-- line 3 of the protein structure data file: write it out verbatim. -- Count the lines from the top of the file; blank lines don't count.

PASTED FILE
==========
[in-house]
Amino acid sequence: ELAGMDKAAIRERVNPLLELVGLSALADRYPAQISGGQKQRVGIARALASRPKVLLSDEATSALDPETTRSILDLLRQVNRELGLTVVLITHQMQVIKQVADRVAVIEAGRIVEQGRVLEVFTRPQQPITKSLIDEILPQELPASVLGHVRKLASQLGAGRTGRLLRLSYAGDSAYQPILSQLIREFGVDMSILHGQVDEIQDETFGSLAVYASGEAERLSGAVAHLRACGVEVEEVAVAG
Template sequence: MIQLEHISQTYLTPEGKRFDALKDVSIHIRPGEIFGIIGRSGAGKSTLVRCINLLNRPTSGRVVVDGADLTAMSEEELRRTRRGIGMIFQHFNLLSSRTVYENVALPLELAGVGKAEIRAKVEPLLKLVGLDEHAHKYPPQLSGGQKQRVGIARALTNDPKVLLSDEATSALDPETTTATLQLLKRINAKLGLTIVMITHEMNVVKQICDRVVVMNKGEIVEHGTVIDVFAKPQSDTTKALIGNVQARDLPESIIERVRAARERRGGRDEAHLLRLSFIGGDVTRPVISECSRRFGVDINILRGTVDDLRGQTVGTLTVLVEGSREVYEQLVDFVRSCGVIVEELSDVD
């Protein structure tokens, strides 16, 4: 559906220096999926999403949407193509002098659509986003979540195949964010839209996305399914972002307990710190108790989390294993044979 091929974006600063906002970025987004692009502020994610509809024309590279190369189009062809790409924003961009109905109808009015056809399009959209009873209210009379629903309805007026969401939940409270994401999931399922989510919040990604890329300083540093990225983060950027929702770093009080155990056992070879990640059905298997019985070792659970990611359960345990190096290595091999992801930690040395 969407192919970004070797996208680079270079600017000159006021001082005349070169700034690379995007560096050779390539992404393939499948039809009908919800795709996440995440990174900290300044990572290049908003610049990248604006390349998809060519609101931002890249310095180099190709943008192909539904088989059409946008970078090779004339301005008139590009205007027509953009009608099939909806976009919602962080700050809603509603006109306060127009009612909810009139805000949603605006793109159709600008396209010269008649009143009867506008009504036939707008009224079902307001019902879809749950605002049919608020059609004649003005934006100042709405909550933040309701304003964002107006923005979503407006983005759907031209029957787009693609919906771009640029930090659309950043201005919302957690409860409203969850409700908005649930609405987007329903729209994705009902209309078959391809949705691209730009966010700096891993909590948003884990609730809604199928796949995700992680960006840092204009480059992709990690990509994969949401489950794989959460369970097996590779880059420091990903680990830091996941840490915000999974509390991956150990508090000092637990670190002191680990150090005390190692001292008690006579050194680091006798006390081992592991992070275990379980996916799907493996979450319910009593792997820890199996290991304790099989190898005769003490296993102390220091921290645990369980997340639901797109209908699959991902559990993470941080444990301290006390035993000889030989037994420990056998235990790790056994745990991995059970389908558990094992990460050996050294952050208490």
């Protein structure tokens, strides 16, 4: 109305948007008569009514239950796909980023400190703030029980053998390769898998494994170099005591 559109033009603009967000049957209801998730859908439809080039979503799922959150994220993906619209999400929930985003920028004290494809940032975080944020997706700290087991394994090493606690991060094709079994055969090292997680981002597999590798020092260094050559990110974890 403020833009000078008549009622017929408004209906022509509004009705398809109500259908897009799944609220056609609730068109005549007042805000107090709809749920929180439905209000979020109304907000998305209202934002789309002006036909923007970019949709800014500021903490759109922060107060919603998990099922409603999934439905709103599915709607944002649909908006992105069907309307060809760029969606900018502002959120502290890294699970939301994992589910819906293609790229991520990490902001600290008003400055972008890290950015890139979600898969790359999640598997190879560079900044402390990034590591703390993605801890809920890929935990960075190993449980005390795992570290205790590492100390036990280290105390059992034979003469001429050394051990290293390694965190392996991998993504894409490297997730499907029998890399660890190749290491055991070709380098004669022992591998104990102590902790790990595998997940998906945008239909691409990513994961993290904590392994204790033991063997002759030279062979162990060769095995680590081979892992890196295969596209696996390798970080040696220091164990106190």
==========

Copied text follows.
Template sequence: MIQLEHISQTYLTPEGKRFDALKDVSIHIRPGEIFGIIGRSGAGKSTLVRCINLLNRPTSGRVVVDGADLTAMSEEELRRTRRGIGMIFQHFNLLSSRTVYENVALPLELAGVGKAEIRAKVEPLLKLVGLDEHAHKYPPQLSGGQKQRVGIARALTNDPKVLLSDEATSALDPETTTATLQLLKRINAKLGLTIVMITHEMNVVKQICDRVVVMNKGEIVEHGTVIDVFAKPQSDTTKALIGNVQARDLPESIIERVRAARERRGGRDEAHLLRLSFIGGDVTRPVISECSRRFGVDINILRGTVDDLRGQTVGTLTVLVEGSREVYEQLVDFVRSCGVIVEELSDVD